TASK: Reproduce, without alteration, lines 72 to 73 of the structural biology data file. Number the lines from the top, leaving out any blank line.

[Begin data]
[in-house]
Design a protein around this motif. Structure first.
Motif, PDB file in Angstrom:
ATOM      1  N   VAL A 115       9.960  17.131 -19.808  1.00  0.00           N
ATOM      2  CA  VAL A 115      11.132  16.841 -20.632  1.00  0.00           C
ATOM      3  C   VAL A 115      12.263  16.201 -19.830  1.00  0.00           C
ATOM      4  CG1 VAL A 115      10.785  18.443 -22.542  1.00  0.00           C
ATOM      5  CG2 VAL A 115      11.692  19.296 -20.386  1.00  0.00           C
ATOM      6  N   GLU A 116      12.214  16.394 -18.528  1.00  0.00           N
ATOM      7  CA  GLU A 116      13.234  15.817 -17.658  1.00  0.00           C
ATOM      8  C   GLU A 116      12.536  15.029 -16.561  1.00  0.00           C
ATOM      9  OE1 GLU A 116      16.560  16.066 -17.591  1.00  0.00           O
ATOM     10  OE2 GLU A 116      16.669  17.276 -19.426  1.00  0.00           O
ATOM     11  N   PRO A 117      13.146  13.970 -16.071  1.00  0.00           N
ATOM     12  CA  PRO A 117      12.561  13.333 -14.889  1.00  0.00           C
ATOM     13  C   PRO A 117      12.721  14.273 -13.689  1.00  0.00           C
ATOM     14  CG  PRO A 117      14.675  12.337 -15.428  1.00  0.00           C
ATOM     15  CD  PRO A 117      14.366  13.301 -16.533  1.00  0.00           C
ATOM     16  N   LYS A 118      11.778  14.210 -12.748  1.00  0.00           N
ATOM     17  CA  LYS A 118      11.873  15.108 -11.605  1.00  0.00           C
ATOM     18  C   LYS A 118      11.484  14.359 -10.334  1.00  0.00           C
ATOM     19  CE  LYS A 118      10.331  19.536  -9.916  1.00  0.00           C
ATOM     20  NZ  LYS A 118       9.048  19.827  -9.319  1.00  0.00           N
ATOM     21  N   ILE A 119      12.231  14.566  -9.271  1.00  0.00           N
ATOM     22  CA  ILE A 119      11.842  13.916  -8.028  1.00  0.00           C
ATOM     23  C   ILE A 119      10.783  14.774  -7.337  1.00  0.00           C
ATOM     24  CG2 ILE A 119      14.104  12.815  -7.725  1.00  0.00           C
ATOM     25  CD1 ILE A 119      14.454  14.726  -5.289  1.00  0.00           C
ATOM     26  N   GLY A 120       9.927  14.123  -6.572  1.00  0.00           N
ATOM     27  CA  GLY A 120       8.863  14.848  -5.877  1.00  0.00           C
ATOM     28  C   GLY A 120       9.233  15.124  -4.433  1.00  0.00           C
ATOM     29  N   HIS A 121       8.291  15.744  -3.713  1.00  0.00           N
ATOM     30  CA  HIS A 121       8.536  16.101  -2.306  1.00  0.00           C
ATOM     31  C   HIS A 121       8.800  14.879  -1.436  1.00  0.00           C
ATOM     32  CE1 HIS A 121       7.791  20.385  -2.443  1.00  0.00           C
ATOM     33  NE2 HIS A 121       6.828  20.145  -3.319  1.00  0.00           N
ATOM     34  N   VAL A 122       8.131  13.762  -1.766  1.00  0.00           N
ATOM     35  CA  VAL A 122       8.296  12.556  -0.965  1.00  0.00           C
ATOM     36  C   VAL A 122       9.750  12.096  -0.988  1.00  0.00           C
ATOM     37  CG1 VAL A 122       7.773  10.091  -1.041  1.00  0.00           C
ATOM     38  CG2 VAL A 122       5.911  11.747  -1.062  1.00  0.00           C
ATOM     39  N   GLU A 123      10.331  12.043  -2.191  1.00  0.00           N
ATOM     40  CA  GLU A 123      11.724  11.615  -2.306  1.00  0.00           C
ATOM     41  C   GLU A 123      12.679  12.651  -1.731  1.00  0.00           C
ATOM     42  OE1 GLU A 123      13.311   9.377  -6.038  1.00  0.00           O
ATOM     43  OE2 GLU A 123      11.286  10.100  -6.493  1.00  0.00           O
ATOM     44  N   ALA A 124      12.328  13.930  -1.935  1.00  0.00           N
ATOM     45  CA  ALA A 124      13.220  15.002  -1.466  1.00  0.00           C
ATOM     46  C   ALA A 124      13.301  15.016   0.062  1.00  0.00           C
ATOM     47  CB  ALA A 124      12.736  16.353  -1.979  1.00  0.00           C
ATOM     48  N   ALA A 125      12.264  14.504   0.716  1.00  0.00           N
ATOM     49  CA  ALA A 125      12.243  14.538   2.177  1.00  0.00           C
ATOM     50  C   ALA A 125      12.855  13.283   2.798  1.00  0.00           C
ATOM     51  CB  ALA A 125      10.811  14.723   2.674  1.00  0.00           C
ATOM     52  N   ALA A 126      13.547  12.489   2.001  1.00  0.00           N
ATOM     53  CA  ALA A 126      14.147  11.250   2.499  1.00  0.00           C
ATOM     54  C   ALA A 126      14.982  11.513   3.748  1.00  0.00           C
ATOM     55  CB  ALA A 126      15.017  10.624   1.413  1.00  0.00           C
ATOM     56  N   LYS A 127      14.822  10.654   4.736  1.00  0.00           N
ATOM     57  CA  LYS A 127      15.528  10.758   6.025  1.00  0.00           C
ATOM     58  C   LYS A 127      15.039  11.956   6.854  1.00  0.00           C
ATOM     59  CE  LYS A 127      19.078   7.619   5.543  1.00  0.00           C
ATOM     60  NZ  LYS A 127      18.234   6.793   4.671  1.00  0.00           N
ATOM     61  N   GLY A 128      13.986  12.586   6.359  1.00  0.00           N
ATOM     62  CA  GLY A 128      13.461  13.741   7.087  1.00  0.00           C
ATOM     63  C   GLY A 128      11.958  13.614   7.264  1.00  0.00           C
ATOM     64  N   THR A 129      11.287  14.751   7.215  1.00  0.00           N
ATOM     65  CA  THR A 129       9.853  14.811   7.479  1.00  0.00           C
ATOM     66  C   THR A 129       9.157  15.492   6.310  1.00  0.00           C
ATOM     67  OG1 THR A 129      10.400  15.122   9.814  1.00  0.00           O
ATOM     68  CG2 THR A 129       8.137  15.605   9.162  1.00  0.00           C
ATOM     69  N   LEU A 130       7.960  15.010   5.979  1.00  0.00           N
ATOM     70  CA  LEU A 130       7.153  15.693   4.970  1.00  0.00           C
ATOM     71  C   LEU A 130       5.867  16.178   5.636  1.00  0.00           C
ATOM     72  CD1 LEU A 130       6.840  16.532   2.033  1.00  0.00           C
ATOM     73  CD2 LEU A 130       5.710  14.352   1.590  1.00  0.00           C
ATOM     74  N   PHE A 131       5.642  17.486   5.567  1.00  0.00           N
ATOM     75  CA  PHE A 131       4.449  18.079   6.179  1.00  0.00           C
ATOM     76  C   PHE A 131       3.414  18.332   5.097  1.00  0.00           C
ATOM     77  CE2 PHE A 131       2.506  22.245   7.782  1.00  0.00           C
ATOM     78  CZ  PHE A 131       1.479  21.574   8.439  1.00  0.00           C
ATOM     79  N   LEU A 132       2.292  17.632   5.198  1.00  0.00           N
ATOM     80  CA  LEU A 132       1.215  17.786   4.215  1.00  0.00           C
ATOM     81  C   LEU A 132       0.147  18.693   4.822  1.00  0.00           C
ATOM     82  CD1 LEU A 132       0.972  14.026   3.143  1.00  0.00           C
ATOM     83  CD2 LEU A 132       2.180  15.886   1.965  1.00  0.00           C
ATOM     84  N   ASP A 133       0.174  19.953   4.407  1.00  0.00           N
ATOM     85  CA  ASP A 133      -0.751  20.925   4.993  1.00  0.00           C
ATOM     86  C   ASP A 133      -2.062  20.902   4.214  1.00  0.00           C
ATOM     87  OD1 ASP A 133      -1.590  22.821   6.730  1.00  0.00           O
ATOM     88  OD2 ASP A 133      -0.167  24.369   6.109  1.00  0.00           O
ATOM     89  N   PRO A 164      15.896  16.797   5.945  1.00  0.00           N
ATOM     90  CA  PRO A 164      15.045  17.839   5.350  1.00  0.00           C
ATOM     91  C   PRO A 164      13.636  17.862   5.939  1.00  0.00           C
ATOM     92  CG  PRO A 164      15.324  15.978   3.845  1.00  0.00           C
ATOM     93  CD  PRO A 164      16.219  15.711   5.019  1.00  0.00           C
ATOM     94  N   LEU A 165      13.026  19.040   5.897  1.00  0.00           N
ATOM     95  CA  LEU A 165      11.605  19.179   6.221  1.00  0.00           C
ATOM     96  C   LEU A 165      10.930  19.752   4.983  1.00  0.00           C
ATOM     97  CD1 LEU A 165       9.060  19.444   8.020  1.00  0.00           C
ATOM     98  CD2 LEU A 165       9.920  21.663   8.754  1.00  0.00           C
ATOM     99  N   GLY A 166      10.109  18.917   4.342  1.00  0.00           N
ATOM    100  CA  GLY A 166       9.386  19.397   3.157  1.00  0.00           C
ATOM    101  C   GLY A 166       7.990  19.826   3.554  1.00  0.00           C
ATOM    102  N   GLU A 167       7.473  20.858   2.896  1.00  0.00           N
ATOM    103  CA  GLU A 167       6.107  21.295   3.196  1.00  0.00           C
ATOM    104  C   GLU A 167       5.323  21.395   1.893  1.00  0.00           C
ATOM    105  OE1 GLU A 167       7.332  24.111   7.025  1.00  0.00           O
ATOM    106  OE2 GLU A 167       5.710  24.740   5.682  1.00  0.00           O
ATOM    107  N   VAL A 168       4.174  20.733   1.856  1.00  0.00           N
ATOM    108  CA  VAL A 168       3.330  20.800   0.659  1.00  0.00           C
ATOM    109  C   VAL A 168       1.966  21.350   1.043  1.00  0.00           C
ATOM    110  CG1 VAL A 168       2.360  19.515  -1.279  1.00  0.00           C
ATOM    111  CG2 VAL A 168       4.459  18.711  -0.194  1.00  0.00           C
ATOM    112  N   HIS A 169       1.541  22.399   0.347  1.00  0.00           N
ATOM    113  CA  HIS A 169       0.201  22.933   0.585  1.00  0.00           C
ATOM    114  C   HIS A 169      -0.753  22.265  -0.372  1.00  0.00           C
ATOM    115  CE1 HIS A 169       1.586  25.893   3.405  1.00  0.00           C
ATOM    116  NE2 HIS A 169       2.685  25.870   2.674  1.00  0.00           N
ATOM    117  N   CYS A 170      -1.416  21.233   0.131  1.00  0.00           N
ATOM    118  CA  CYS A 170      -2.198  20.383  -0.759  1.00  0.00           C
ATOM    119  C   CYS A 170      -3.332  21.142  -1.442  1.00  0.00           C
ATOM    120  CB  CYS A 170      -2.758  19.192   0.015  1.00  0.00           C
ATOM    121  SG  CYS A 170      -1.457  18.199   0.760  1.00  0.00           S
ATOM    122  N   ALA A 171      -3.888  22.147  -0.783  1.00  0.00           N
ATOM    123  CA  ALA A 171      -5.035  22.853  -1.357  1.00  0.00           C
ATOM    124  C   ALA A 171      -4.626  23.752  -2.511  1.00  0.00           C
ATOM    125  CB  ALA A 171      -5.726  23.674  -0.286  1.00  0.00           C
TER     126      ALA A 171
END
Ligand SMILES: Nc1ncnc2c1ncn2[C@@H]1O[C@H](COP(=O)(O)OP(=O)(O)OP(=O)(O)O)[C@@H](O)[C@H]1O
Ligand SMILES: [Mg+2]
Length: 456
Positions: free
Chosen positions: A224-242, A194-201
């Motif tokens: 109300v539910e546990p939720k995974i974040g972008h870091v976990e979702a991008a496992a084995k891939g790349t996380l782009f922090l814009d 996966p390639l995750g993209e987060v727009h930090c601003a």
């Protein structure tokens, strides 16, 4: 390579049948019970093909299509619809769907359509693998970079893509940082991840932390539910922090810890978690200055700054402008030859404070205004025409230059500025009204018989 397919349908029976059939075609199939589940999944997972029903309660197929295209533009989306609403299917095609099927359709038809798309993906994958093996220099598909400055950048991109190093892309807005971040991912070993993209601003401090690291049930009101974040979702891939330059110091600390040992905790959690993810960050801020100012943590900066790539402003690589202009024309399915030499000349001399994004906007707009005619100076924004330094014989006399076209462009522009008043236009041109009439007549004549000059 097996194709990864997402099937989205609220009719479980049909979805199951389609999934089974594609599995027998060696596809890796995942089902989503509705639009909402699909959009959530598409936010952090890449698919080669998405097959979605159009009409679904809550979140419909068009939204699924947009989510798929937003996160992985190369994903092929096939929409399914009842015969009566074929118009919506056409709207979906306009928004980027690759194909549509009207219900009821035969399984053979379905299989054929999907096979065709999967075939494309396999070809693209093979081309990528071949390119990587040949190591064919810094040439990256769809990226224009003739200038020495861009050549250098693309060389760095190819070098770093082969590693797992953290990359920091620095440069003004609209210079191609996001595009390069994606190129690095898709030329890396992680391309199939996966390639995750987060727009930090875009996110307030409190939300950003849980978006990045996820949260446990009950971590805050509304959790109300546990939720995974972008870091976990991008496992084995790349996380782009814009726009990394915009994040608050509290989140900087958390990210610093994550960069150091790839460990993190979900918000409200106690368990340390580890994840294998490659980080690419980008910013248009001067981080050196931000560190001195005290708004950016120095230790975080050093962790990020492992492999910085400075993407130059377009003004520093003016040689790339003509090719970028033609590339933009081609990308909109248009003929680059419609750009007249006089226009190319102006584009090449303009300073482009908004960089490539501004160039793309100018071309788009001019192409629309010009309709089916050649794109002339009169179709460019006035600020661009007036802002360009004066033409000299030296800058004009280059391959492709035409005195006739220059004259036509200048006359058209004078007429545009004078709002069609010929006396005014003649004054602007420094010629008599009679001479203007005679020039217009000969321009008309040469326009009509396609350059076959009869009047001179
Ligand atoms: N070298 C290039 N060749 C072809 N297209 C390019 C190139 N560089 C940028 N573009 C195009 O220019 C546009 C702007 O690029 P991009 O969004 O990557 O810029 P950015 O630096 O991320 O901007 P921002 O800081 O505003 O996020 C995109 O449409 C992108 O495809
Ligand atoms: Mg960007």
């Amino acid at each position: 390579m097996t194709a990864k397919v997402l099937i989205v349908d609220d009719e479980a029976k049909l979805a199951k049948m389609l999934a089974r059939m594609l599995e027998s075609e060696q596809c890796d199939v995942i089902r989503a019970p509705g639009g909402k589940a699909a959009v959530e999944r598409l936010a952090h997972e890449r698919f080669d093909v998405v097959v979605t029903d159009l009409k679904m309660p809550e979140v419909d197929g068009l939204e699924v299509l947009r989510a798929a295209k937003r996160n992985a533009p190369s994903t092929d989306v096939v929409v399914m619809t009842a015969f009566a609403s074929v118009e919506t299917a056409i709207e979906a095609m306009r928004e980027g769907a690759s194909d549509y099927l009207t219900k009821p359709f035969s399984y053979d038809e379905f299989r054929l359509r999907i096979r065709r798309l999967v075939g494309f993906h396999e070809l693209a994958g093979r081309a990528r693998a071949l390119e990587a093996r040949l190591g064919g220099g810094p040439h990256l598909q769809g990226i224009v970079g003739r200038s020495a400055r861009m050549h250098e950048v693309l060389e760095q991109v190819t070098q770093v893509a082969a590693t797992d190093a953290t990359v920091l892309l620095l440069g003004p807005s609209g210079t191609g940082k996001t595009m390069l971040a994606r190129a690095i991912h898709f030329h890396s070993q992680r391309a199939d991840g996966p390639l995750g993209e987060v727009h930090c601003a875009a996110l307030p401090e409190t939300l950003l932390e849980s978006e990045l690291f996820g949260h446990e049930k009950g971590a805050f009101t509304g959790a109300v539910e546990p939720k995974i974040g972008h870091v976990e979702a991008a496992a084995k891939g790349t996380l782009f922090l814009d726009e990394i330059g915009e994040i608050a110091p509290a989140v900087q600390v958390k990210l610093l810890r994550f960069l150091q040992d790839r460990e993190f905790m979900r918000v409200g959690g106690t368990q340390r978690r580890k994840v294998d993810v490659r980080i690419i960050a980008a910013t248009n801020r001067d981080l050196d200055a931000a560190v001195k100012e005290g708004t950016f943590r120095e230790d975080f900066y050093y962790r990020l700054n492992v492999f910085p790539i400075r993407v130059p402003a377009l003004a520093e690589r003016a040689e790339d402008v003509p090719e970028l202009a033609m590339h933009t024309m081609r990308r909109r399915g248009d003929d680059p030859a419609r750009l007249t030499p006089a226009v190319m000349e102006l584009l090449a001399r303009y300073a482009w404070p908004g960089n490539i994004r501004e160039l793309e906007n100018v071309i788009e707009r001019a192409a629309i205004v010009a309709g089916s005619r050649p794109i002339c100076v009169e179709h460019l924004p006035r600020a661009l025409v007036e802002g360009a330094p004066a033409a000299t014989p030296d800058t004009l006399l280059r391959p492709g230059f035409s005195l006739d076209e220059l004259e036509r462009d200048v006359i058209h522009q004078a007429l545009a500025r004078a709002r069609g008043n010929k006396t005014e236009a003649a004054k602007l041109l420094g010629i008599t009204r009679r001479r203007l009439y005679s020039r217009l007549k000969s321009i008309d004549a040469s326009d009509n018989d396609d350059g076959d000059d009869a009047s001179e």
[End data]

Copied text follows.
ATOM     69  N   LEU A 130       7.960  15.010   5.979  1.00  0.00           N
ATOM     70  CA  LEU A 130       7.153  15.693   4.970  1.00  0.00           C